• 07:34 PM

Meditation can result in important gene expression changes

by Usman Paracha in SayPeople

Main Point:

Researchers have found that meditation can change our body at molecular level resulting in useful gene expression changes.

Published in:


Study Further:

Gene expression:

Gene expression refers to the process of getting information from a gene used in the synthesis of a functional gene product such as proteins.

Present Study:

Researchers have found that eight hours of mindfulness/calmness of mind practice, i.e. meditation, results in a r........ Read more »

  • December 8, 2013
  • 10:03 AM

The Stupid Stupidity Surrounding the Warrior Gene, MAOA, is Stupid

by nooffensebut in The Unsilenced Science

This is a thorough review of everything stupid ever said about the warrior gene, MAOA.... Read more »

  • December 8, 2013
  • 04:53 AM

Does Nasal Oxytocin Enter The Brain?

by Neuroskeptic in Neuroskeptic_Discover

Oxytocin is hot. There are now hundreds of studies looking at the effect of this hormone on the human brain. A dose of oxytocin, delivered in the form of a nasal spray, can make people nicer towards the ostracised, reduce marijuana cravings, and ‘enhance brain function’ in autistic children – and much more, if you believe […]The post Does Nasal Oxytocin Enter The Brain? appeared first on Neuroskeptic.... Read more »

  • December 6, 2013
  • 04:14 PM

Does a baby's eye gaze really predict future autism?

by Jon Brock in Cracking the Enigma

Baby's gaze may signal autism, study finds. That was the headline in the New York Times. The BBC declared that Autism signs present in first months of life. Turning the hype up to 11, a Canadian website boldly announced that Researchers prove that autism can be diagnosed right at the infant stage and that intervention is possible.Nature, the journal that published the study, ran with Autism symptoms seen in babies, summarising the findings thus:Children with autism make less ........ Read more »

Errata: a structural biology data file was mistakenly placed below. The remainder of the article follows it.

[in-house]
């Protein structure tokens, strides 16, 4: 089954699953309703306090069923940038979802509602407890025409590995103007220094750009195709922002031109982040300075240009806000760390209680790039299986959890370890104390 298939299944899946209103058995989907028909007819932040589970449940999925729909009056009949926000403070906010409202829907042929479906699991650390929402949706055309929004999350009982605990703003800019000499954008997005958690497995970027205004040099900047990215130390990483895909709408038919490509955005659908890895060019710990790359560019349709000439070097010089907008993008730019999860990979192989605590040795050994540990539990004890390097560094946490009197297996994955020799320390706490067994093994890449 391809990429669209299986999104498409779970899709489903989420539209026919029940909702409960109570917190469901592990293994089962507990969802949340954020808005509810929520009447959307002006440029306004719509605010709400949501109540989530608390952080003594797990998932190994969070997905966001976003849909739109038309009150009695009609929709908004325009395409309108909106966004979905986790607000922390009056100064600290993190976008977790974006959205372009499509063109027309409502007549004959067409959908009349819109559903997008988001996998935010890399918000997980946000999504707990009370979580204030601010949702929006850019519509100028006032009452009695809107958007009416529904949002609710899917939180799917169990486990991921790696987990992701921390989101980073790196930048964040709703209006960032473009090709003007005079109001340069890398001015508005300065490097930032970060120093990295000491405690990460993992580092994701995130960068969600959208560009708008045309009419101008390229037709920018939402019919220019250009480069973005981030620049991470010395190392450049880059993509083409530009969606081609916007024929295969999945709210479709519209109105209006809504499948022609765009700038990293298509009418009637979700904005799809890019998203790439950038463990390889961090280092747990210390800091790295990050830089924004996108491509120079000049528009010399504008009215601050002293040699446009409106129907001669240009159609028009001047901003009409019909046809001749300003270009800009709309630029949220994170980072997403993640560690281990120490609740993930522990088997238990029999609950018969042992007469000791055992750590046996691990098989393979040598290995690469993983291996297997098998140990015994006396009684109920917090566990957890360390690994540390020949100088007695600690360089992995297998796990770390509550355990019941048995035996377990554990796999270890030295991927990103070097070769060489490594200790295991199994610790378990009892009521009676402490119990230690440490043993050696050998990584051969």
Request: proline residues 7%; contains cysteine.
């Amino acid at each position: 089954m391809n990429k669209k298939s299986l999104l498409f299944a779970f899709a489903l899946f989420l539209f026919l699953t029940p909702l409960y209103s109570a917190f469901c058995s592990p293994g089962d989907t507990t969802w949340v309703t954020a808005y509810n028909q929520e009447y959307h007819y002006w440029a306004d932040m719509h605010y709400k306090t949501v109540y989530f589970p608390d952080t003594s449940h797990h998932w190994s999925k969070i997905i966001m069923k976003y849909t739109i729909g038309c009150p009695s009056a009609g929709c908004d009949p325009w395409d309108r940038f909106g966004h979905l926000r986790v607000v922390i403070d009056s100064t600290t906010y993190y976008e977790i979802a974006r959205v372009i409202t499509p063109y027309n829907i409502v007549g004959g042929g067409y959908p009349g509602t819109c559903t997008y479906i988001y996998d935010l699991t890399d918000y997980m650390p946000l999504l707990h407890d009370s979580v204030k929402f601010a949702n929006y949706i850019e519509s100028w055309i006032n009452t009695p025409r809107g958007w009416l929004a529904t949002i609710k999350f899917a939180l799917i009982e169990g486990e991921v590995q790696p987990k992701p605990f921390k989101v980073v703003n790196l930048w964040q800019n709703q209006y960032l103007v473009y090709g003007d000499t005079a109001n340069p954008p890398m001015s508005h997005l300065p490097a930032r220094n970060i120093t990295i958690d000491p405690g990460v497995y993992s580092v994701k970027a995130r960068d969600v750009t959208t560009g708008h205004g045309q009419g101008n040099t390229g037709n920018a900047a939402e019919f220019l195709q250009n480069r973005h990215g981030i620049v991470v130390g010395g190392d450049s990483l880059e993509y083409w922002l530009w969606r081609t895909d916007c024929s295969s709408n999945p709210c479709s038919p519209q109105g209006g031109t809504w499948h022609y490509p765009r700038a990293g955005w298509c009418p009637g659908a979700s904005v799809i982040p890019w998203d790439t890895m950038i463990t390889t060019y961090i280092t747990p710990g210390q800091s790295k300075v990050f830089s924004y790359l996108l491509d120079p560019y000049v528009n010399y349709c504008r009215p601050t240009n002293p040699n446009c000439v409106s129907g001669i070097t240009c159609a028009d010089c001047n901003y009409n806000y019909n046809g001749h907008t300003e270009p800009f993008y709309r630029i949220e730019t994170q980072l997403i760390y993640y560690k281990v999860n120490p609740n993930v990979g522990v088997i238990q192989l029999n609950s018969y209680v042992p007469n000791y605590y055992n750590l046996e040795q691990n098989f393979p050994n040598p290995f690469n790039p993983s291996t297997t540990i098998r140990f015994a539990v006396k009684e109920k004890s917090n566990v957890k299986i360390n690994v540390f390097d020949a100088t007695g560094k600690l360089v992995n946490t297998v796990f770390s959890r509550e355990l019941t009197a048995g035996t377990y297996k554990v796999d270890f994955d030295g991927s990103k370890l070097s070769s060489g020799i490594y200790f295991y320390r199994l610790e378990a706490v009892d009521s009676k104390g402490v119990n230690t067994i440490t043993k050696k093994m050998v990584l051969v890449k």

• December 6, 2013
  • 04:10 PM

A BOLD signal in the hippocampus ambiguous

by Emilie Reas in Emilie Reas - Remember

When you see a red blob on an fMRI activity map, what do you think? We all know fMRI doesn’t directly measure neural activity, yet an increased BOLD (blood oxygen level dependent) response is commonly used as a proxy for elevated “brain activity”. This interpretation is, in fact, strongly supported by studies identifying a relationship […]... Read more »

  • December 6, 2013
  • 01:47 PM

The Regifting Dilemma

by Psych Your Mind in Psych Your Mind

It’s the first week of December, and we’re back in another holiday gift-giving season! For a psychologist, this is an especially fun time of year because it seems like people are all trying to get inside each other’s heads. As gift-givers, we do our best to predict what others will like and appreciate the most. Maybe we purchase the latest trends or use our own talents to create a special gift for our loved ones. Sometimes the perfect match is even sitting right in our closet - a gift init........ Read more »

  • December 6, 2013
  • 09:18 AM

After touching men's underwear, women take bigger risks and seek more rewards

by Christian Jarrett in BPS Research Digest